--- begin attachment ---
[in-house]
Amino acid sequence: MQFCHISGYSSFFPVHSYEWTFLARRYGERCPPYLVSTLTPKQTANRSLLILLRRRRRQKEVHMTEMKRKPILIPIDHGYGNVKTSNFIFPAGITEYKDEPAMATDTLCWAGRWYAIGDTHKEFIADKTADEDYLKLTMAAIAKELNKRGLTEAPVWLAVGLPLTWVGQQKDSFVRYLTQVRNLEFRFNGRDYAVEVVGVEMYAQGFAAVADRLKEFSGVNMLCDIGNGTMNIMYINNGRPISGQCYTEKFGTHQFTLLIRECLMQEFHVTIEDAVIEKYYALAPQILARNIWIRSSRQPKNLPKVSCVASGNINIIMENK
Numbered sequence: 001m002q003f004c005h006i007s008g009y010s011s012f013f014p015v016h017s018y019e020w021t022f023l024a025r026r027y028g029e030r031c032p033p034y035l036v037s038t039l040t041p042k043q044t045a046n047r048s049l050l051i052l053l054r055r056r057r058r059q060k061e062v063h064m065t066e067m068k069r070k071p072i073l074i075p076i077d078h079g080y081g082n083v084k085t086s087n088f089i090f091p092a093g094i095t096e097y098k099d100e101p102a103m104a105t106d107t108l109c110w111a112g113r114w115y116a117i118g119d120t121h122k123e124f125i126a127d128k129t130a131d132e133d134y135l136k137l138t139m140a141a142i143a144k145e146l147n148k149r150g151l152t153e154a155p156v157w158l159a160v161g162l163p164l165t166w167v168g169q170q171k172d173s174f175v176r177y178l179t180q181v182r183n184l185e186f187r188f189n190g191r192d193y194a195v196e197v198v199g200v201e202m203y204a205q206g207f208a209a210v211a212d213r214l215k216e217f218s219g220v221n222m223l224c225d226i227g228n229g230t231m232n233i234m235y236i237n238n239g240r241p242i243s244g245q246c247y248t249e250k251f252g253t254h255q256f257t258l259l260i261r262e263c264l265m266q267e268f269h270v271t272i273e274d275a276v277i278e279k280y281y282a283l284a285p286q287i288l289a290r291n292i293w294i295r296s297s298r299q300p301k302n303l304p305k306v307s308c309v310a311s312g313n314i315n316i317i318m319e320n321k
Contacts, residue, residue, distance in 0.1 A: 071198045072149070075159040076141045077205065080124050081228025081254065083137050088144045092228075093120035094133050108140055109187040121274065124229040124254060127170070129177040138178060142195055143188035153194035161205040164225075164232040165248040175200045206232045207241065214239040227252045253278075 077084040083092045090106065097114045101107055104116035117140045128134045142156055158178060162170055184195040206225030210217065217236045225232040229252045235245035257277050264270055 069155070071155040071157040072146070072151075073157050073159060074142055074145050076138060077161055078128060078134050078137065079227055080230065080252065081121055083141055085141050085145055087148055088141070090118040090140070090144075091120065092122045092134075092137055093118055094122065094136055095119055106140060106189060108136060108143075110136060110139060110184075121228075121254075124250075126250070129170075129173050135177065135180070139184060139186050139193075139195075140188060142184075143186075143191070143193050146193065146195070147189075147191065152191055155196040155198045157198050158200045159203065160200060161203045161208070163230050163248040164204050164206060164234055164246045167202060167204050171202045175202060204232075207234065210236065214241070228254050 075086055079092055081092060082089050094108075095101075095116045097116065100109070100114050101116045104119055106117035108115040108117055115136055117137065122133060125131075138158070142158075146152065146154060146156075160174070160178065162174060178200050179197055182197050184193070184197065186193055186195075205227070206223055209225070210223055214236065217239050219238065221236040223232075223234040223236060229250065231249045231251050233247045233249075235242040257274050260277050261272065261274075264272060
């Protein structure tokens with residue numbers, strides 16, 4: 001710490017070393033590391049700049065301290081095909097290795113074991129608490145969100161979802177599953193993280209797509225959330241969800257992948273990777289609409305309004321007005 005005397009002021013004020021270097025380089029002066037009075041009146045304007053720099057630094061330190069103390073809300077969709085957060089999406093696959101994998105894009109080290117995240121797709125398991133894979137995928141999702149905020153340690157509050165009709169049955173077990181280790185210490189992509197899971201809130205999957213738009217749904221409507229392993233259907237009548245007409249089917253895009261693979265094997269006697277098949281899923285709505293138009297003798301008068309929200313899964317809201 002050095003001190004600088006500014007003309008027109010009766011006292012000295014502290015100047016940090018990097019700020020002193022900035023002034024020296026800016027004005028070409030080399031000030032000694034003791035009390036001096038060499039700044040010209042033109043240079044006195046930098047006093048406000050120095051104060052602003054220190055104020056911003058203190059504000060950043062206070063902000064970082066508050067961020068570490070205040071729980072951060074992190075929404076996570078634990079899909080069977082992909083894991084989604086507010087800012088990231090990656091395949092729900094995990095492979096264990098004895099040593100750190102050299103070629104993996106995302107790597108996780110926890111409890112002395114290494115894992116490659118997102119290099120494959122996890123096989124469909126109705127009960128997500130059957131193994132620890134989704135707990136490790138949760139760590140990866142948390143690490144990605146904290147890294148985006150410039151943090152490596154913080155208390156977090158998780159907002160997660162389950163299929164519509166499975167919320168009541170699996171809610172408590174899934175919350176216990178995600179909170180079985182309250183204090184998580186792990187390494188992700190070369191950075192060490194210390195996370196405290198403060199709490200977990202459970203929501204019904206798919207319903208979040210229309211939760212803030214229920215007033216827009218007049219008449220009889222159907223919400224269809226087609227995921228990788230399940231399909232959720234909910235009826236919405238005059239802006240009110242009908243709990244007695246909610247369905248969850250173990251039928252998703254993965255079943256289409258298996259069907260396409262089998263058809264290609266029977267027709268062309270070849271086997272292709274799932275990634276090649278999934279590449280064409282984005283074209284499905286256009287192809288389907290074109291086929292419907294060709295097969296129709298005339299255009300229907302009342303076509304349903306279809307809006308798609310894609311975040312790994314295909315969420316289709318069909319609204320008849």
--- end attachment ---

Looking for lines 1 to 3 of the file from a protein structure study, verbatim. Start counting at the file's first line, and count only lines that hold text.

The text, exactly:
[in-house]
Amino acid sequence: MQFCHISGYSSFFPVHSYEWTFLARRYGERCPPYLVSTLTPKQTANRSLLILLRRRRRQKEVHMTEMKRKPILIPIDHGYGNVKTSNFIFPAGITEYKDEPAMATDTLCWAGRWYAIGDTHKEFIADKTADEDYLKLTMAAIAKELNKRGLTEAPVWLAVGLPLTWVGQQKDSFVRYLTQVRNLEFRFNGRDYAVEVVGVEMYAQGFAAVADRLKEFSGVNMLCDIGNGTMNIMYINNGRPISGQCYTEKFGTHQFTLLIRECLMQEFHVTIEDAVIEKYYALAPQILARNIWIRSSRQPKNLPKVSCVASGNINIIMENK
Numbered sequence: 001m002q003f004c005h006i007s008g009y010s011s012f013f014p015v016h017s018y019e020w021t022f023l024a025r026r027y028g029e030r031c032p033p034y035l036v037s038t039l040t041p042k043q044t045a046n047r048s049l050l051i052l053l054r055r056r057r058r059q060k061e062v063h064m065t066e067m068k069r070k071p072i073l074i075p076i077d078h079g080y081g082n083v084k085t086s087n088f089i090f091p092a093g094i095t096e097y098k099d100e101p102a103m104a105t106d107t108l109c110w111a112g113r114w115y116a117i118g119d120t121h122k123e124f125i126a127d128k129t130a131d132e133d134y135l136k137l138t139m140a141a142i143a144k145e146l147n148k149r150g151l152t153e154a155p156v157w158l159a160v161g162l163p164l165t166w167v168g169q170q171k172d173s174f175v176r177y178l179t180q181v182r183n184l185e186f187r188f189n190g191r192d193y194a195v196e197v198v199g200v201e202m203y204a205q206g207f208a209a210v211a212d213r214l215k216e217f218s219g220v221n222m223l224c225d226i227g228n229g230t231m232n233i234m235y236i237n238n239g240r241p242i243s244g245q246c247y248t249e250k251f252g253t254h255q256f257t258l259l260i261r262e263c264l265m266q267e268f269h270v271t272i273e274d275a276v277i278e279k280y281y282a283l284a285p286q287i288l289a290r291n292i293w294i295r296s297s298r299q300p301k302n303l304p305k306v307s308c309v310a311s312g313n314i315n316i317i318m319e320n321k